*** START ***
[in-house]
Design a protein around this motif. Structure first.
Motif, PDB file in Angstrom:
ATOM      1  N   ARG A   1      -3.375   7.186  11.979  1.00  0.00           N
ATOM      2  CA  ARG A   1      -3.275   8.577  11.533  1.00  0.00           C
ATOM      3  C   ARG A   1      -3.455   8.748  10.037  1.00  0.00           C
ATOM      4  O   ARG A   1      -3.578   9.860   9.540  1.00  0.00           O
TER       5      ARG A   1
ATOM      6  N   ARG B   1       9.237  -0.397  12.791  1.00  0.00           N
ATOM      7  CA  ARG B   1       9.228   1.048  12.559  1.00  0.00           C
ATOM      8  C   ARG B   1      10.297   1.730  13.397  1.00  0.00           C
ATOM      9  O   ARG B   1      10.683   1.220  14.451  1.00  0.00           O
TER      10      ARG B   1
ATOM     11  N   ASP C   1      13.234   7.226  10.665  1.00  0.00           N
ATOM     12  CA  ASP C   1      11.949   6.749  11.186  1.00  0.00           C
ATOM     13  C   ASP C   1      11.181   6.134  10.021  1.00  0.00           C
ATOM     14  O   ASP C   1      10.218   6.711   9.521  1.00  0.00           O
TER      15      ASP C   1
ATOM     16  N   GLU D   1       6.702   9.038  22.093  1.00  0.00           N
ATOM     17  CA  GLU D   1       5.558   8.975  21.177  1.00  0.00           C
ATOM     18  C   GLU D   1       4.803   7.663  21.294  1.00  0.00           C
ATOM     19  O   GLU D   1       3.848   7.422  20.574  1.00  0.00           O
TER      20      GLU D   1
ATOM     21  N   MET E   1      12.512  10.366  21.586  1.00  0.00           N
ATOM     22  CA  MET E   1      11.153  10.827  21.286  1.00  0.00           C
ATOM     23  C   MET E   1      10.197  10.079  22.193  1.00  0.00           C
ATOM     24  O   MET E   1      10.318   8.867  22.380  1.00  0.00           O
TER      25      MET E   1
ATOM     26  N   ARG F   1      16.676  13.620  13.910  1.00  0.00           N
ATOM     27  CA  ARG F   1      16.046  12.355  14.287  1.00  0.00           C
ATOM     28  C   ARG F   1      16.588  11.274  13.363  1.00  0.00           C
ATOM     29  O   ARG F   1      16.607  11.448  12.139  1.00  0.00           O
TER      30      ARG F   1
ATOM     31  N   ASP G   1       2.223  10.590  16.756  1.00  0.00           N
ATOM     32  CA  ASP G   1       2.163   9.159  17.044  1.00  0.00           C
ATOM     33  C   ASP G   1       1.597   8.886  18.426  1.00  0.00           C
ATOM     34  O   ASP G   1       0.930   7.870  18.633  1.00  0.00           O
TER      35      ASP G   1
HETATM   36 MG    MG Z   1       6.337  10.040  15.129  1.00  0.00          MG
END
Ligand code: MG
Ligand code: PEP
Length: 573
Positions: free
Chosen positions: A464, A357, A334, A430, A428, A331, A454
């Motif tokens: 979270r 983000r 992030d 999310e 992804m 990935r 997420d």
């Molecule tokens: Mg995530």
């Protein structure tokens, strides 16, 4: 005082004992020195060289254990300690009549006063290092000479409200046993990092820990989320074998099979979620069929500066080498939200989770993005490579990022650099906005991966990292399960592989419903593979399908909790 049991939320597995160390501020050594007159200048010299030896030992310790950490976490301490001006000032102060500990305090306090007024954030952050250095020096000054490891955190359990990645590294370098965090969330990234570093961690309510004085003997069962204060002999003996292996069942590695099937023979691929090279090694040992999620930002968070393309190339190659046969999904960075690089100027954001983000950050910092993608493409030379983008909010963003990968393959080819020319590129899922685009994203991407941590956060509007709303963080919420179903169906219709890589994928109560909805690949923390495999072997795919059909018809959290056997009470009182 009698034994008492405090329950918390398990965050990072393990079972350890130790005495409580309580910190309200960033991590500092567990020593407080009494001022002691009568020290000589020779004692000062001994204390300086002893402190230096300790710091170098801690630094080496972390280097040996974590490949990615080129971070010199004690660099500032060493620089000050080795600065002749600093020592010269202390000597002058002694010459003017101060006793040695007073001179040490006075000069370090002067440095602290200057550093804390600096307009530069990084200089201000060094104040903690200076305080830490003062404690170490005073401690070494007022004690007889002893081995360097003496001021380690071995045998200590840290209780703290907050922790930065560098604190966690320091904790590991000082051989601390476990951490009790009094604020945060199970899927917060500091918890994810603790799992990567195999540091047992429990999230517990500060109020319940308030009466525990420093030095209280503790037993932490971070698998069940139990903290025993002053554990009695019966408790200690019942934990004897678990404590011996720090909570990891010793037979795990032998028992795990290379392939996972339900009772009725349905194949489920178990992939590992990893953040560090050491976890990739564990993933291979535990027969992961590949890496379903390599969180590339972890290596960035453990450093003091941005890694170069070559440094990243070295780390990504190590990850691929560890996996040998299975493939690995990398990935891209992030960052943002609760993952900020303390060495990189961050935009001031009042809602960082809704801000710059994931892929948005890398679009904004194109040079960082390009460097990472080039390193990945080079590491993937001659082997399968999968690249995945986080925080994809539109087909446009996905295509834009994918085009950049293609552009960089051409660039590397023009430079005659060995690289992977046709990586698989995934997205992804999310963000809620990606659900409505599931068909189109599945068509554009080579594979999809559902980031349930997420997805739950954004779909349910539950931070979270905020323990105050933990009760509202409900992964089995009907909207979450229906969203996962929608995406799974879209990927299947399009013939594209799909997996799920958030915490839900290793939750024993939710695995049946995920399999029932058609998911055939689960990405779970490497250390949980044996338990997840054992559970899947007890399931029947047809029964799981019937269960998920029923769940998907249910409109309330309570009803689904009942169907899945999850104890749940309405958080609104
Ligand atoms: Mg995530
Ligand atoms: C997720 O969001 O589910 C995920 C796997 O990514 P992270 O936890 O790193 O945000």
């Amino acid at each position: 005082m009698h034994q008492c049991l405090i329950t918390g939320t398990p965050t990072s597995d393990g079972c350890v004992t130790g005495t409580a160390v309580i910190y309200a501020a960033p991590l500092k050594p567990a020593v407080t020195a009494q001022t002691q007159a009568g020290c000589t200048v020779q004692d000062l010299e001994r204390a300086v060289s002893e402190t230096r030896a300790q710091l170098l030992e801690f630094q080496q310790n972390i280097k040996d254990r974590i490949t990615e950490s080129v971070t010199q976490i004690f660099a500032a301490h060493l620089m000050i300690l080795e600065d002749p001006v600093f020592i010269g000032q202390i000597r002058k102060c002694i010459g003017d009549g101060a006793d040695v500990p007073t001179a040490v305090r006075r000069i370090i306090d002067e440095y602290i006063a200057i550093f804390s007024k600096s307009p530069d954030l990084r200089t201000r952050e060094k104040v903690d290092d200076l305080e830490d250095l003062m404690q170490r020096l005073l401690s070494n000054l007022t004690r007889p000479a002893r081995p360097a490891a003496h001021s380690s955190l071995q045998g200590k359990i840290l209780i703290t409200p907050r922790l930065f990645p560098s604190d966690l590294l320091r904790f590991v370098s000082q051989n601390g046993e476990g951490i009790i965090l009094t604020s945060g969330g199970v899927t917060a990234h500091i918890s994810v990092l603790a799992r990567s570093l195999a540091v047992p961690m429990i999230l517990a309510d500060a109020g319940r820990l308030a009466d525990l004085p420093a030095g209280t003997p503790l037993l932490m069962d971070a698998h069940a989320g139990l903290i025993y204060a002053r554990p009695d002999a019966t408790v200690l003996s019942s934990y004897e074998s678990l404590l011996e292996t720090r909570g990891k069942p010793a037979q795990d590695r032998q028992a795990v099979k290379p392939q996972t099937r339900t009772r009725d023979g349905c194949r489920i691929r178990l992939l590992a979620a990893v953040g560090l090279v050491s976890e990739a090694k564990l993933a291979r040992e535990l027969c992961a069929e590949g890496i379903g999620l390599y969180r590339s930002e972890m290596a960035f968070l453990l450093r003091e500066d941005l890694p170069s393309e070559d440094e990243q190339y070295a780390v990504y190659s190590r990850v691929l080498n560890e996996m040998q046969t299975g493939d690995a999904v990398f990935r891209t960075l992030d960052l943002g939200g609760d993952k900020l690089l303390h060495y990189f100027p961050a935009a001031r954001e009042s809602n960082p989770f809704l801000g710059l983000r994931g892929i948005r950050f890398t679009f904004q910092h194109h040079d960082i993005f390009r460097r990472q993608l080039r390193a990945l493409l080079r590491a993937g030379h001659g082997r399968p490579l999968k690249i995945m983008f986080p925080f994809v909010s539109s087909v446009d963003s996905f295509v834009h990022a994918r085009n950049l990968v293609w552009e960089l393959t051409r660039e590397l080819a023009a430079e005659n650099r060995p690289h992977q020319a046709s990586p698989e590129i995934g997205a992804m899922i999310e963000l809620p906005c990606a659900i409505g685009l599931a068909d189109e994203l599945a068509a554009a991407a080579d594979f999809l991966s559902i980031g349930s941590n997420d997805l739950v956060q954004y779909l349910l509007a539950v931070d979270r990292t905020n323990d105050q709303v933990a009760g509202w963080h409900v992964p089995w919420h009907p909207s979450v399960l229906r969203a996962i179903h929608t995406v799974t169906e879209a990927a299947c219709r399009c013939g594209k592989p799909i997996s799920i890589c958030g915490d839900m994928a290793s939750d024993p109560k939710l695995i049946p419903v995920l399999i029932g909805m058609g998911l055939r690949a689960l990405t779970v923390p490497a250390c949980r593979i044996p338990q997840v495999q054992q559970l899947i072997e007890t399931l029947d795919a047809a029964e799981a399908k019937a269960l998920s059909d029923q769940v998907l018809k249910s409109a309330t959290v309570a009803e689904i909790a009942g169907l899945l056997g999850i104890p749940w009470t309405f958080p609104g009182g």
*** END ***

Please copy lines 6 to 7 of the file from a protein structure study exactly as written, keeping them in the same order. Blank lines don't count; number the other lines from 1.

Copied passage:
ATOM      3  C   ARG A   1      -3.455   8.748  10.037  1.00  0.00           C
ATOM      4  O   ARG A   1      -3.578   9.860   9.540  1.00  0.00           O